NTF-ELCAC should have ended with Duterte — ex-senator

Ian Laqui - Philstar.com
NTF-ELCAC should have ended with Duterte � ex-senator
Human rights group KARAPATAN in protest to call for the abolishment of National Task Force to End Local Communist Armed Conflict outside Camp Aguinaldo in Quezon City.
KARAPATAN / Released

MANILA, Philippines — Former senator and justice secretary Leila de Lima said that the National Task Force to End Local Communist Armed Conflict (NTF-ELCAC) should have been disbanded since former President Rodrigo Duterte stepped out of office.

This is after UN Special Rapporteur for freedom of expression and opinion Irene Khan recommended the abolishment of the government’s anti-communist task force, citing its irrelevance and overstepping its mandate by red-tagging civillians.

She said that the current administration of President Ferdinand Marcos Jr. should have not waited for the recommendation of the UN rapporteur “to take it seriously if we are all to move forward from the hate generated under the Duterte regime."

“Duterte's NTF-ELCAC is a threat to human rights & free speech. Tadtad na nga ng anomalya, hindi pa tumitigil sa paghahasik ng lagim at pagbabanta dahil kung sino-sino ang nire-red tag at inaakusahang komunista,” De Lima said in a post on X, formerly Twitter.

(Duterte's NTF-ELCAC is a threat to human rights and free speech. Despite numerous anomalies, it continues to sow terror by engaging in red-tagging and accusing various individuals of being communists.)

“It is time we write finis to this abomination of an office that thrives on hate and the targeting of innocent Filipinos,” she added.

It could be recalled that during Duterte’s term, the former president has been fond of branding some of his critics and progressive lawmakers as associated with the communist insurgency.

Even after his presidency, he continued to accuse a Makabayan bloc lawmaker, calling her a communist and issuing death threats. As a result, he faced grave threat charges before a Quezon City fiscal. 

Since NTF-ELCAC’s inception during the Duterte administration in 2018, officials from the task force have consistently presented questionable narratives, targeting human rights advocates, opposition lawmakers, journalists, teachers, lawyers and members of marginalized groups.

Some of its former members face lawsuits filed by journalist Atom Araullo and former Bayan Muna Rep. Teddy Casiño after they were accused of being involved in the communist insurgency.

The task force also faced allegations of obstructing the progress of long-awaited legislation designed to safeguard human rights defenders, employing arguments that equate activism with terrorism.

NSC defends NTF-ELCAC amid abolishment advice

The National Security Council (NSC) on Friday expressed its opposition to the recommendation of the United Nations (UN) Special Rapporteur to abolish the Task Force to End Local Communist Armed Conflict (NTF-ELCAC), saying that the anti-communist task force is still needed.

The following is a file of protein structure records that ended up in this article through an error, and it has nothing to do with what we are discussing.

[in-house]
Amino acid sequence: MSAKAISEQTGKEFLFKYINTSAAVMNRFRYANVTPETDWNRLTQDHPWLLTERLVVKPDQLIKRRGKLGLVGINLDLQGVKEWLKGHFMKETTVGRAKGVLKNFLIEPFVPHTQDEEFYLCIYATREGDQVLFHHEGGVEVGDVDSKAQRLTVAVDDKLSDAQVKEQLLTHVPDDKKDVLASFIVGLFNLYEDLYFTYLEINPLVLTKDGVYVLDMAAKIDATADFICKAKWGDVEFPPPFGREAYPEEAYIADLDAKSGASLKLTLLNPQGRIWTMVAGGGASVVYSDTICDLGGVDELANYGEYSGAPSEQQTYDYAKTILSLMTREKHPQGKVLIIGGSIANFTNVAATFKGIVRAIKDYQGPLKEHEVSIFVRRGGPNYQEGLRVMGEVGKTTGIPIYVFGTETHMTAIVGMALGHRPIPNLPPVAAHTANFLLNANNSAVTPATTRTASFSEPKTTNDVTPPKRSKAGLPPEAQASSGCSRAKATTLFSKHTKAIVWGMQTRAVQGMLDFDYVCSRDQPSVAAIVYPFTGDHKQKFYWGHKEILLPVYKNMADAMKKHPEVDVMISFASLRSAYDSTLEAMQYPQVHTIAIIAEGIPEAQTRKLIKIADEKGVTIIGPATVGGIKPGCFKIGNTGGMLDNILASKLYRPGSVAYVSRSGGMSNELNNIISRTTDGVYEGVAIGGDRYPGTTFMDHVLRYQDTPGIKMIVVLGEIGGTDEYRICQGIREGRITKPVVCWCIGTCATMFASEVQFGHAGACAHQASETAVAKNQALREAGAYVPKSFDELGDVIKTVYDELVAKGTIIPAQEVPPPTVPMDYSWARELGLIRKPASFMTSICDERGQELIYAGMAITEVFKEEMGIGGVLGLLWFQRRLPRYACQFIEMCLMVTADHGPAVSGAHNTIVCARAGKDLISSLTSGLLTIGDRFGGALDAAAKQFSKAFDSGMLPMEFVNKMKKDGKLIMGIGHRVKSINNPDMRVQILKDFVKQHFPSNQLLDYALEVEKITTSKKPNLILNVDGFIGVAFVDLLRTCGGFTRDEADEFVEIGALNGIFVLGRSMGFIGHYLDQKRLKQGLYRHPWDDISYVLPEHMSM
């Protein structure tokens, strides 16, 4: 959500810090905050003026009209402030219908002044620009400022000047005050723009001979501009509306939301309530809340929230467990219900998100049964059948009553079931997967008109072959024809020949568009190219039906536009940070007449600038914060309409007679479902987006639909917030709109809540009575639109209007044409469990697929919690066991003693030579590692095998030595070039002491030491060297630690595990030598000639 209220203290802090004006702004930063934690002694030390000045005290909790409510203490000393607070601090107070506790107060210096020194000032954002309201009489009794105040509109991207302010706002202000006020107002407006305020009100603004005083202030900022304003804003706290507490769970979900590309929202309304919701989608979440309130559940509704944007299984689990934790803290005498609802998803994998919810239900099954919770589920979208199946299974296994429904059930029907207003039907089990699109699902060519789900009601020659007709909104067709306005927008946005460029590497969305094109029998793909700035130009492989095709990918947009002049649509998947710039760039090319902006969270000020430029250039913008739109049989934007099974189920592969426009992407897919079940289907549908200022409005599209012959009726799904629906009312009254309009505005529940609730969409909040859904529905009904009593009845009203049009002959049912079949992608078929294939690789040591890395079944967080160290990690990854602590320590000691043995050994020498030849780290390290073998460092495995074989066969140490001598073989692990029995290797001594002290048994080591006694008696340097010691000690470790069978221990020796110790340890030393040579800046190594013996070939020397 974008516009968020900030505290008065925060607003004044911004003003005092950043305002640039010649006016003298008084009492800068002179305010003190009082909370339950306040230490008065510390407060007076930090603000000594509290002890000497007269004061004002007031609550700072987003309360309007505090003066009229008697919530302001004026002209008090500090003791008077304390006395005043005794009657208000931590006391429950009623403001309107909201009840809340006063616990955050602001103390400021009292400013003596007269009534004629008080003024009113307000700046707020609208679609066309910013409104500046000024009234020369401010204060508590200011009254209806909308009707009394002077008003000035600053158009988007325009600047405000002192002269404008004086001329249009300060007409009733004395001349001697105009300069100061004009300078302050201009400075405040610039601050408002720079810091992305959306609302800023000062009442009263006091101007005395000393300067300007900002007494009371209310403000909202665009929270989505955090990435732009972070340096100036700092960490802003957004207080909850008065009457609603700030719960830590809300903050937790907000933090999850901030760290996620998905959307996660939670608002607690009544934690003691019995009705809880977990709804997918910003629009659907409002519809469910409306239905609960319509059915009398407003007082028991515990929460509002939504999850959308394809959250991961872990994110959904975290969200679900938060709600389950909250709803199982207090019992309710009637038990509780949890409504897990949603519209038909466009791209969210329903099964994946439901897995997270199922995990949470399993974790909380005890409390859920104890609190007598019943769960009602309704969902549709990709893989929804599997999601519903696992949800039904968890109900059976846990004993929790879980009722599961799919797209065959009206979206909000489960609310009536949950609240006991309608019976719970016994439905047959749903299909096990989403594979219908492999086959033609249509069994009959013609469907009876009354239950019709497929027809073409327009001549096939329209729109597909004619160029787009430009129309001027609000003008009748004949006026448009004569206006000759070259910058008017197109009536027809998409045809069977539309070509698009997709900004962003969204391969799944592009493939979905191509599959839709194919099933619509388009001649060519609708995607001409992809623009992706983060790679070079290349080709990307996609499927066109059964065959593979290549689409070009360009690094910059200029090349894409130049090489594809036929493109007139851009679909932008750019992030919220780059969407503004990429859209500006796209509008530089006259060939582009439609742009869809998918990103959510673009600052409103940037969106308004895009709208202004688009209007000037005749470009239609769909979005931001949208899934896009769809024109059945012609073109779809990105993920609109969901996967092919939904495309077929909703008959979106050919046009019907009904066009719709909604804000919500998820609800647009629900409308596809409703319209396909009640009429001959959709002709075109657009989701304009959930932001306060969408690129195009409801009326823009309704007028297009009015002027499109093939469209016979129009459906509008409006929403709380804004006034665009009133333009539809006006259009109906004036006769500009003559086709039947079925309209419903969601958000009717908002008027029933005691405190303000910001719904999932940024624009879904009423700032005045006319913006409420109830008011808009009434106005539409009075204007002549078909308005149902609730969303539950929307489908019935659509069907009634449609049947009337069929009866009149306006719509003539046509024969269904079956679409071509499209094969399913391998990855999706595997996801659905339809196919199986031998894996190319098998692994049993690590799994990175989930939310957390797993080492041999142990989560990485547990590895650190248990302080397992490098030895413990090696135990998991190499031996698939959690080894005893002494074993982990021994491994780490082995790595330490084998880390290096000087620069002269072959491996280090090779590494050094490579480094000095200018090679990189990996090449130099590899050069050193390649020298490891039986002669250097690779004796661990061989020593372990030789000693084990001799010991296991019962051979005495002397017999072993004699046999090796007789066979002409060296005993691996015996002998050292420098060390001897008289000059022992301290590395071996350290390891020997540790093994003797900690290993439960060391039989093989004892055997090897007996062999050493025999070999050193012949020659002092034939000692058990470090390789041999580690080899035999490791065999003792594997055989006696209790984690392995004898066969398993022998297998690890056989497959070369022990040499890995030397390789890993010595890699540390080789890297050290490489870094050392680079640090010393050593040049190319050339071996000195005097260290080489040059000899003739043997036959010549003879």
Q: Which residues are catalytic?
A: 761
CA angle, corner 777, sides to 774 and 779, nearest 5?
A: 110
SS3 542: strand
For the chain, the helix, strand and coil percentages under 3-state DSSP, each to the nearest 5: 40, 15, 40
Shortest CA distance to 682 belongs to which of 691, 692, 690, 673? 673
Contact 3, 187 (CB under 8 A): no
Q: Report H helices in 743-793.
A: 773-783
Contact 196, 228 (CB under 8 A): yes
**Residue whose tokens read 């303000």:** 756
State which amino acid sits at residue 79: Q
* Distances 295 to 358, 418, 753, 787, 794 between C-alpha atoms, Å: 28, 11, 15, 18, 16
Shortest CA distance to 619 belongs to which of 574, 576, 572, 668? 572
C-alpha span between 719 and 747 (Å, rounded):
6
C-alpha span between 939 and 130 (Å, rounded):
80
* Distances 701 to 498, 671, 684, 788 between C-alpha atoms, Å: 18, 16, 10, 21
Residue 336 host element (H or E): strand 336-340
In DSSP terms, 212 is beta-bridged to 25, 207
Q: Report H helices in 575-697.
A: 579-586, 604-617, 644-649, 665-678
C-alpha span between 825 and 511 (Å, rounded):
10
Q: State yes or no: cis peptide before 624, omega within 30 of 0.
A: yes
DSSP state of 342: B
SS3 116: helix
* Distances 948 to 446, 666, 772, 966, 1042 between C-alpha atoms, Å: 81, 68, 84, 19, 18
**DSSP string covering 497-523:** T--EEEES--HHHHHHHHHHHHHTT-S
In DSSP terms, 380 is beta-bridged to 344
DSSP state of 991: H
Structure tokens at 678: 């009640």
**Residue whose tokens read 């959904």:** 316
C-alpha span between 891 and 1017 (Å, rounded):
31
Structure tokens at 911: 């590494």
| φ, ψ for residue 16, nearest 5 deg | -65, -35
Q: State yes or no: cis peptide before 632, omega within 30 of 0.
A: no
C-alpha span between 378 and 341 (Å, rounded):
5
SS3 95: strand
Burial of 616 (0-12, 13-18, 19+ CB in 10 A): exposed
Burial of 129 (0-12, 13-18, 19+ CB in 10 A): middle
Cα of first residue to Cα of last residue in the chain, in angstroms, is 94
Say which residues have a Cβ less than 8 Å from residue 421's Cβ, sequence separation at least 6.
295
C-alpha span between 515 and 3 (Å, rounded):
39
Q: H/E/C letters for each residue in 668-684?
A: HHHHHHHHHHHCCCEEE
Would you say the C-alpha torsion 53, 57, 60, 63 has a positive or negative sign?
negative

“We respectfully disagree with UN Special Rapporteur Irene Khan's recommendation made this morning to abolish the NTF-ELCAC,” National Security Adviser Eduardo Año said, according to NSC’s statement on Friday.

This is the second time that a UN rapporteur has raised concerns about the anti-communist task force.

In November 2023, a call to abolish NTF-ELCAC was made by Ian Fry, the former UN special rapporteur on the promotion and protection of human rights in the context of climate change during his visit to the Philippines.

Fry faced criticisms from security and officials from the Department of Justice (DOJ) for his evaluation of the NTF-ELCAC, wherein he mentioned that the organization had exceeded its initial mandate by red-tagging civilians. 

Officials from the DOJ and the NSC asserted that his report was deemed "incomplete."

The NSC also said that abolishing the NTF-ELCAC would be “counterproductive” as it allegedly achieved a ”strategic victory” against the communist insurgency.

Despite asserting a “victory”, the NSC, in the same statement, acknowledged that there are still “guerilla fronts” remaining across the country.

“There are still 11 weakened guerilla fronts across the country with some 1,500 armed regulars seeking to overthrow our democracy and the duly constituted government and wreaking havoc and terrorism in the countryside,” the NSC said.

“The term has no basis and cannot be attributed to any current government policy, program or activity,” it added.

Reiterating prior government statements, they emphasized that red-tagging is not an official government policy. Nonetheless, they asserted that red-tagging remains non-prosecutable.

“It is not a policy of any body or instrumentality of government. There is also no legal and binding definition nor is it considered a crime under the laws of the Republic of the Philippines,” the NSC said.

This claim has been refuted by the National Union of Journalists of the Philippines (NUJP), which stressed that red-tagging is a kind of defamation and can be prosecutable.

“What Mr. Malaya and the NTF-ELCAC cannot deny is that red-tagging is a malicious imputation that damages the subjects’ reputations and is an act that can and has put them at risk of harassment and worse,” the NUJP said in a statement on Thursday.

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